Landmarks: What are Those Mysterious Ruins off the I-90 West of Oacoma?

Last Updated by Michael Zimny on

Frequent cross-state travelers may sometimes wonder: What the heck are those brick and concrete  just north of the of I-90 a few miles west of the river? All alone on the swollen grass seas west of Oacoma, their mystique recalls Caspar Friedrich's depictions of pastoral ruins. 

So what are they?

The vestiges of what was a sizable manganese mining operation. According to a local, the open-ended concrete structure was a mine shaft and the brick building housed an auger.

Manganese — which is instrumental in steel production — was discovered in the black soil strata of the river bluffs in the 1920s. In 1929, the Deadwood Pioneer Times announced the formation of the General Manganese Corporation, dedicated to mining the metal from what it described as "undoubtedly the largest deposit in America."

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State attorney general and future governor Merrell Sharpe, who farmed and practiced law in Oacoma was involved in the project from the outset, acquiring much of the land.

The operation picked up steam as the build up to US entry into World War II called for more steel, and consequently more domestic manganese production. Prior to the war, America was dependent on Russian imports. In 1941, the Argus Leader claimed that, "Up to 95 percent of our steel needs... have come from Russia, where it was mined practically with slave labor producing a very economical ore." Most likely, the short-lived Molotov-Ribbentrop pact between Nazi Germany and Russia impressed upon US planners the need for manganese-independence. 

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In 1941, the increased demand led the federal government to build a pilot plant to experiment with cost-effective methods for separating manganese from the surrounding shale. After the war, local papers reported that Merrell Sharpe, who had leased the land to the government, announced plans to utilize processes developed by the Bureau of Mines to expand private mining operations. Those methods must not have proven cost-effective enough to compete with imports in the post-war economy. A 1954 Rapid City Journal article on the flooding (for Lake Oahe) of Oacoma gave it a "last chance for survival as an important town if supplies of manganese are cut off from Brazil and Russia."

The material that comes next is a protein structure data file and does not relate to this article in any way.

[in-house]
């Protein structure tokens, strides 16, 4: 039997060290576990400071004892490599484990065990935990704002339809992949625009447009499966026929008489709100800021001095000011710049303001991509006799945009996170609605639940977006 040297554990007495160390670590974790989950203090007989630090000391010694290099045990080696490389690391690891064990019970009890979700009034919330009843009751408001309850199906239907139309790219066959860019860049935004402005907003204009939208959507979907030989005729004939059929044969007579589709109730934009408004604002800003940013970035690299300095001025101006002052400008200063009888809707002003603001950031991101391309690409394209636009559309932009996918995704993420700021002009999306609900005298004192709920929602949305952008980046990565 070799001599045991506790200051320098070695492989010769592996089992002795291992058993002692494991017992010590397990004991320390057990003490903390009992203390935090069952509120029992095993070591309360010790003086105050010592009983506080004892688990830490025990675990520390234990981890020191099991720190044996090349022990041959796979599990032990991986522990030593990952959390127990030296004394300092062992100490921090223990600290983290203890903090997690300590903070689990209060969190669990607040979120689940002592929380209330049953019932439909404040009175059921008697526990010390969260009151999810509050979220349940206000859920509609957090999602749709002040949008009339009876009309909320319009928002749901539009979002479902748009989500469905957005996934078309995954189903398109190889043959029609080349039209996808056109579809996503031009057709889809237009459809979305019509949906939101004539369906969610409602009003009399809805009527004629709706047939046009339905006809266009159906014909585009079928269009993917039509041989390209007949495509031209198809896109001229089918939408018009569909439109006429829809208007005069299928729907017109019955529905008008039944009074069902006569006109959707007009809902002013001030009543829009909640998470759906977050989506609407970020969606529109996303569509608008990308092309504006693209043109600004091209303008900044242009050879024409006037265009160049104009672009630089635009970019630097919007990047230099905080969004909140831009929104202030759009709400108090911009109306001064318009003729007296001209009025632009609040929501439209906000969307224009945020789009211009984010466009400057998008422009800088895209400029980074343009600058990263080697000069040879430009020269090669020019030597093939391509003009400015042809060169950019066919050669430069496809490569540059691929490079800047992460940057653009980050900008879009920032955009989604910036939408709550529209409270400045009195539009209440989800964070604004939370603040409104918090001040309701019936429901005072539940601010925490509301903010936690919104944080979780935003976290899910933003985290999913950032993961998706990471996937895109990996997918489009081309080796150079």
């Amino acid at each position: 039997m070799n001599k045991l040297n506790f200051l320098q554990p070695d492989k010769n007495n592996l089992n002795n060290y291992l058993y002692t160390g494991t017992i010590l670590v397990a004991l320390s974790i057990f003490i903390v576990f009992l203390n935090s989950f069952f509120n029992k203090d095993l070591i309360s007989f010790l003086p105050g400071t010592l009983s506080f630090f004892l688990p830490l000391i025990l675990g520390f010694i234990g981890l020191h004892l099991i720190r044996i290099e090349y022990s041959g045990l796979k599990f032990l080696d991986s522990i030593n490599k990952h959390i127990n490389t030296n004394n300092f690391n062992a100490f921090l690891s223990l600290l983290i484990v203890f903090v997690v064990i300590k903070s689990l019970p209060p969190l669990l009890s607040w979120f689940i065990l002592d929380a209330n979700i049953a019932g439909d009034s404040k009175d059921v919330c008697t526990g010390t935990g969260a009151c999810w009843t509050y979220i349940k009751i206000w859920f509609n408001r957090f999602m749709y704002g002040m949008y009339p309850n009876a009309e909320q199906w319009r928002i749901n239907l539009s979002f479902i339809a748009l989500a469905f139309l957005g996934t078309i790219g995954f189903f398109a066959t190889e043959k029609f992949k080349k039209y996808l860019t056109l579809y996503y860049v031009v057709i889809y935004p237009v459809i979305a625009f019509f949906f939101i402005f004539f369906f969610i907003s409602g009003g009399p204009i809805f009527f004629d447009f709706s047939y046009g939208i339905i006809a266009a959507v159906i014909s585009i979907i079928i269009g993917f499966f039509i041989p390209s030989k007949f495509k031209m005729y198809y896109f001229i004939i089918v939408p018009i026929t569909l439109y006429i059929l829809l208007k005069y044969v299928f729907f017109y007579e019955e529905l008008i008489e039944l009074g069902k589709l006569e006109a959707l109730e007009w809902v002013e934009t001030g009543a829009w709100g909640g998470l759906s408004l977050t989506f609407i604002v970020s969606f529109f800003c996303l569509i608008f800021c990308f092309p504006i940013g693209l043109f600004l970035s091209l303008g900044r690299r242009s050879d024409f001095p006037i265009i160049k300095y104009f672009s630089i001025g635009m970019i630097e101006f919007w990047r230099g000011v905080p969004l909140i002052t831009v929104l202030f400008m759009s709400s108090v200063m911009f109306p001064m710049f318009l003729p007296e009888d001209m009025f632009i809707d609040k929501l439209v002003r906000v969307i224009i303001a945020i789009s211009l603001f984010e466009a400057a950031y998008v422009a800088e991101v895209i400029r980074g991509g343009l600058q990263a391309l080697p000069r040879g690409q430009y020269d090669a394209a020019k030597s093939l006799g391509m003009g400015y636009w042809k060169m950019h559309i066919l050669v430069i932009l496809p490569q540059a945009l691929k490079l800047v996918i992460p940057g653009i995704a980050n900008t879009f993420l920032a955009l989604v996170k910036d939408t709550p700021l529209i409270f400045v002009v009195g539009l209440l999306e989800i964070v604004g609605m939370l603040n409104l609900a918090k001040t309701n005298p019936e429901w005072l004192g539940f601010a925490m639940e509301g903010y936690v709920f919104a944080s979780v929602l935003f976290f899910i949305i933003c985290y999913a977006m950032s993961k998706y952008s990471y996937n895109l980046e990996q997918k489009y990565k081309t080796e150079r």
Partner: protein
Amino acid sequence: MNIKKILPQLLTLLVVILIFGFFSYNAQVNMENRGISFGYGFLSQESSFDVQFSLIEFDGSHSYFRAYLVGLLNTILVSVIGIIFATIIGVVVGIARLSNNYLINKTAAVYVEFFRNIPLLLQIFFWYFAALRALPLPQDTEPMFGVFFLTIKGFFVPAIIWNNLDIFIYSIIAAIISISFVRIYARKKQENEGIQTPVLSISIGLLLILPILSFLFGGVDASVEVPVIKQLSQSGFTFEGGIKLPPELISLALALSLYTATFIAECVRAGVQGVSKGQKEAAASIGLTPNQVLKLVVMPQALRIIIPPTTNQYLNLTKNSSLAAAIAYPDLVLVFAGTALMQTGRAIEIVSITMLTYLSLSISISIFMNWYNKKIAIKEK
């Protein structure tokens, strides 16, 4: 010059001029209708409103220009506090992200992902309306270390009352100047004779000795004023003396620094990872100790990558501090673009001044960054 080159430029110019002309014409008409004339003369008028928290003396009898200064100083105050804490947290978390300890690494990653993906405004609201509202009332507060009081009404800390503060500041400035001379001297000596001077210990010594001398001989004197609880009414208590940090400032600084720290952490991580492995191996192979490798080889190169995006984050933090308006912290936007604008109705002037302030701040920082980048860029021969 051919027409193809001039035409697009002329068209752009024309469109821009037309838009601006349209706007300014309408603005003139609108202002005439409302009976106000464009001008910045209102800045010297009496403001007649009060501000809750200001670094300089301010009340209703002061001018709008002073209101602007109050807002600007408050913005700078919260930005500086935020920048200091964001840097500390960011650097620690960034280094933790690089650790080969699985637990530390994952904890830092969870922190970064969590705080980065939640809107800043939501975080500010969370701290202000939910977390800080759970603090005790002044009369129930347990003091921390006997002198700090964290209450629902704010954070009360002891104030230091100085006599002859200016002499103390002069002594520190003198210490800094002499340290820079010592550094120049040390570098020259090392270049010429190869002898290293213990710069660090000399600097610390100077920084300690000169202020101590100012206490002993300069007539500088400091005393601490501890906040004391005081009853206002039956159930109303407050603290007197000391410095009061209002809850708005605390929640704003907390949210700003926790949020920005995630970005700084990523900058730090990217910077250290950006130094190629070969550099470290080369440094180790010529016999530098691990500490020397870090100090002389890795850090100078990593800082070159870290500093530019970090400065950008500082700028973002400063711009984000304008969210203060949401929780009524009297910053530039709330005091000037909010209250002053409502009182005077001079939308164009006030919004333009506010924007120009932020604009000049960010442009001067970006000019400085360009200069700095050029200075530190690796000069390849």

To date, the Oacoma manganese deposits are still considered too low-grade to compete with those in say, South Africa. One day a new  technology may unleash their potential. Then condominiums will kiss the skies on either side of the Oacoma/Chamberlain divide, straddled by a space-age bridge designed by Santiago Calatrava. For now, they're mouldering reminders of that time we tried to simultaneously stick it to the Third Reich and the damned Russkies.  

Note: The old mining site is on private property. The photographer was granted permission to access. Please enjoy respectfully from the road. 

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